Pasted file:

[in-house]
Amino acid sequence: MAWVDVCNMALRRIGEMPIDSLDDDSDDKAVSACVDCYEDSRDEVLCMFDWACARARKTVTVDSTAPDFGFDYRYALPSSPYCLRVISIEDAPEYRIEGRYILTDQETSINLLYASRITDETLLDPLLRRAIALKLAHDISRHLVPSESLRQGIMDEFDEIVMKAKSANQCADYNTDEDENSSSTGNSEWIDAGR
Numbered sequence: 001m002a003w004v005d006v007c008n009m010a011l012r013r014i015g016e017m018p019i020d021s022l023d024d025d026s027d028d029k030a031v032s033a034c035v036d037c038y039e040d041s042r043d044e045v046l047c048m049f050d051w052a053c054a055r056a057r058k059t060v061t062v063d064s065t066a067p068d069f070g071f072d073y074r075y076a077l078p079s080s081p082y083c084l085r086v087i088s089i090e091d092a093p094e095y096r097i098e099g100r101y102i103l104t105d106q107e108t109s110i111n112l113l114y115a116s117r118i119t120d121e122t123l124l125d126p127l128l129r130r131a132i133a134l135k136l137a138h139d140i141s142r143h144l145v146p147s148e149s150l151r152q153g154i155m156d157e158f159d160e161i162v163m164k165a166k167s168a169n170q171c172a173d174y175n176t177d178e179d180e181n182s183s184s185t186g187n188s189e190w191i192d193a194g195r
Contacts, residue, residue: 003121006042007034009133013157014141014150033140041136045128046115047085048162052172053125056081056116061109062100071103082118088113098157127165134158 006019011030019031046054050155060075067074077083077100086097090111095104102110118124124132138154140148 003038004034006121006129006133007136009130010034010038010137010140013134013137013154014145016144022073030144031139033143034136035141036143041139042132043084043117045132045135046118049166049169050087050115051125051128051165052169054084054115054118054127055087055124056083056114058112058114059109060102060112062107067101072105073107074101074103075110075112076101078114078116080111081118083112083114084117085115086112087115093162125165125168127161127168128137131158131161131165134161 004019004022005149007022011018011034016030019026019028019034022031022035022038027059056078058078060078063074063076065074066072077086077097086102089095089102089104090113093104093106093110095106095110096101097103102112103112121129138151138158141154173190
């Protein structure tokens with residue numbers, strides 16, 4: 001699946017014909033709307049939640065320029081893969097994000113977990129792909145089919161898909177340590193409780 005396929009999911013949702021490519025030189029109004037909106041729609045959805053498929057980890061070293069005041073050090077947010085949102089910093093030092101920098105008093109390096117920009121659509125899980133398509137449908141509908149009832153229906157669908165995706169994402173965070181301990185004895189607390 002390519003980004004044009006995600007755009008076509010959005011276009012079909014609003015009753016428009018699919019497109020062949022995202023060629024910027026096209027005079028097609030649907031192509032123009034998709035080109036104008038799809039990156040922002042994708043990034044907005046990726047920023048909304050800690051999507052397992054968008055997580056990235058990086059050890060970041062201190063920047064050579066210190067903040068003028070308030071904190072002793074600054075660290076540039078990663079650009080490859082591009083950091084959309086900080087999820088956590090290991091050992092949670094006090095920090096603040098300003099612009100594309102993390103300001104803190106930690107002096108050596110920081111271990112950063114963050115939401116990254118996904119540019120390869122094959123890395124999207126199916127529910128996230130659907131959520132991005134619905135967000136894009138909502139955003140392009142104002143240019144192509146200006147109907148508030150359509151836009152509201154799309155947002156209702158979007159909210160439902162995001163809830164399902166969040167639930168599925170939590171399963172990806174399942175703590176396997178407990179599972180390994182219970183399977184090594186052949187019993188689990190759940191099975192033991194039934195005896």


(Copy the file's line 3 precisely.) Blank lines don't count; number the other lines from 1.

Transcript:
Numbered sequence: 001m002a003w004v005d006v007c008n009m010a011l012r013r014i015g016e017m018p019i020d021s022l023d024d025d026s027d028d029k030a031v032s033a034c035v036d037c038y039e040d041s042r043d044e045v046l047c048m049f050d051w052a053c054a055r056a057r058k059t060v061t062v063d064s065t066a067p068d069f070g071f072d073y074r075y076a077l078p079s080s081p082y083c084l085r086v087i088s089i090e091d092a093p094e095y096r097i098e099g100r101y102i103l104t105d106q107e108t109s110i111n112l113l114y115a116s117r118i119t120d121e122t123l124l125d126p127l128l129r130r131a132i133a134l135k136l137a138h139d140i141s142r143h144l145v146p147s148e149s150l151r152q153g154i155m156d157e158f159d160e161i162v163m164k165a166k167s168a169n170q171c172a173d174y175n176t177d178e179d180e181n182s183s184s185t186g187n188s189e190w191i192d193a194g195r